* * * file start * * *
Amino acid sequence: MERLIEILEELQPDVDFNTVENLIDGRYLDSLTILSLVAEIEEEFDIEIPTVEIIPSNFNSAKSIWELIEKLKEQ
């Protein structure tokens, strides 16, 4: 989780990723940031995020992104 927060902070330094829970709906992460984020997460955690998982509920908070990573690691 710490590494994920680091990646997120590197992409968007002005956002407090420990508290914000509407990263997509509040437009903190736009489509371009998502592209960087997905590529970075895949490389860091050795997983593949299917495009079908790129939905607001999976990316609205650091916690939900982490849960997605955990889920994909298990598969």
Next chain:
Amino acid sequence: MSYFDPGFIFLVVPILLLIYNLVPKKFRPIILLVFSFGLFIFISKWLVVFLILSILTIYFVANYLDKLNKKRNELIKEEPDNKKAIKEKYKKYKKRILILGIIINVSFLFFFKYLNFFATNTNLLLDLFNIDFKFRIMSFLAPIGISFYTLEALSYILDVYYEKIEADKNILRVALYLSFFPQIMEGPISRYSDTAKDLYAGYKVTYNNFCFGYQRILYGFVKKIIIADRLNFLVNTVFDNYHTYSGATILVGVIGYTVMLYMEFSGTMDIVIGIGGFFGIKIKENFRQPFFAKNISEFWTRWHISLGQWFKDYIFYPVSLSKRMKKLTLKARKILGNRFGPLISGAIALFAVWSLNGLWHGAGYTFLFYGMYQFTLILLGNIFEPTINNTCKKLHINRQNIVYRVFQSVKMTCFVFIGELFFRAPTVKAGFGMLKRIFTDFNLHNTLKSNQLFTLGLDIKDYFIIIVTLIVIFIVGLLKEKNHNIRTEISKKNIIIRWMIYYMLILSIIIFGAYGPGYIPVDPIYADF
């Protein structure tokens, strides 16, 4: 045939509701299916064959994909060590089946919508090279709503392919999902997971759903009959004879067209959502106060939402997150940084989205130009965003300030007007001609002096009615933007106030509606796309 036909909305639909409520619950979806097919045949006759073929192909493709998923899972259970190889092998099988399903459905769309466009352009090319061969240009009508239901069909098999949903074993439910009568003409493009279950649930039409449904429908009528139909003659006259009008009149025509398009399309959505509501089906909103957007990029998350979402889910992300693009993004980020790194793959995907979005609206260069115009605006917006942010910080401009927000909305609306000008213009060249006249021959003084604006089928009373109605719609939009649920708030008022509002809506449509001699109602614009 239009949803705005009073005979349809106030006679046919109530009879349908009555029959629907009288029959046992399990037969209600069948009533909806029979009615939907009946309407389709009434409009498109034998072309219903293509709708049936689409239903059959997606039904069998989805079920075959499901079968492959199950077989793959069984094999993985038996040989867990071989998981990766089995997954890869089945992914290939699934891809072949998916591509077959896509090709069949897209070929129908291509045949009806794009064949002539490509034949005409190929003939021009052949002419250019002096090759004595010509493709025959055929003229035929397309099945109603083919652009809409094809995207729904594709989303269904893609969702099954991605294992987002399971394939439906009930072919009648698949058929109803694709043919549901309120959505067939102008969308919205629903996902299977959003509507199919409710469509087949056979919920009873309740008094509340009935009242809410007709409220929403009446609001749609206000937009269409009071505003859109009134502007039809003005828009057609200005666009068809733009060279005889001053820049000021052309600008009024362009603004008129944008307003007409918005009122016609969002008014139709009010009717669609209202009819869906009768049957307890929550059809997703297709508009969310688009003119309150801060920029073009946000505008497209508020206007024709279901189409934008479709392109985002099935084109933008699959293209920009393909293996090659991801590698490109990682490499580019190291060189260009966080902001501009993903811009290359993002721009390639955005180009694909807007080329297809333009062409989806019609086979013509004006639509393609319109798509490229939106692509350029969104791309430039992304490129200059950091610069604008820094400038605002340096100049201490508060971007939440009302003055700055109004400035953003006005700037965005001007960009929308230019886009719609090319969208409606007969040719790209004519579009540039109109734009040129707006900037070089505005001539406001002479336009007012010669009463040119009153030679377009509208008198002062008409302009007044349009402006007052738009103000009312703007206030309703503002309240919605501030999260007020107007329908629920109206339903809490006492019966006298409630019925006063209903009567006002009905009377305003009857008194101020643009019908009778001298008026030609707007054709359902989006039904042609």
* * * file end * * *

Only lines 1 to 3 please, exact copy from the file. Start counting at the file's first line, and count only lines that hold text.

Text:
Amino acid sequence: MERLIEILEELQPDVDFNTVENLIDGRYLDSLTILSLVAEIEEEFDIEIPTVEIIPSNFNSAKSIWELIEKLKEQ
């Protein structure tokens, strides 16, 4: 989780990723940031995020992104 927060902070330094829970709906992460984020997460955690998982509920908070990573690691 710490590494994920680091990646997120590197992409968007002005956002407090420990508290914000509407990263997509509040437009903190736009489509371009998502592209960087997905590529970075895949490389860091050795997983593949299917495009079908790129939905607001999976990316609205650091916690939900982490849960997605955990889920994909298990598969």
Next chain: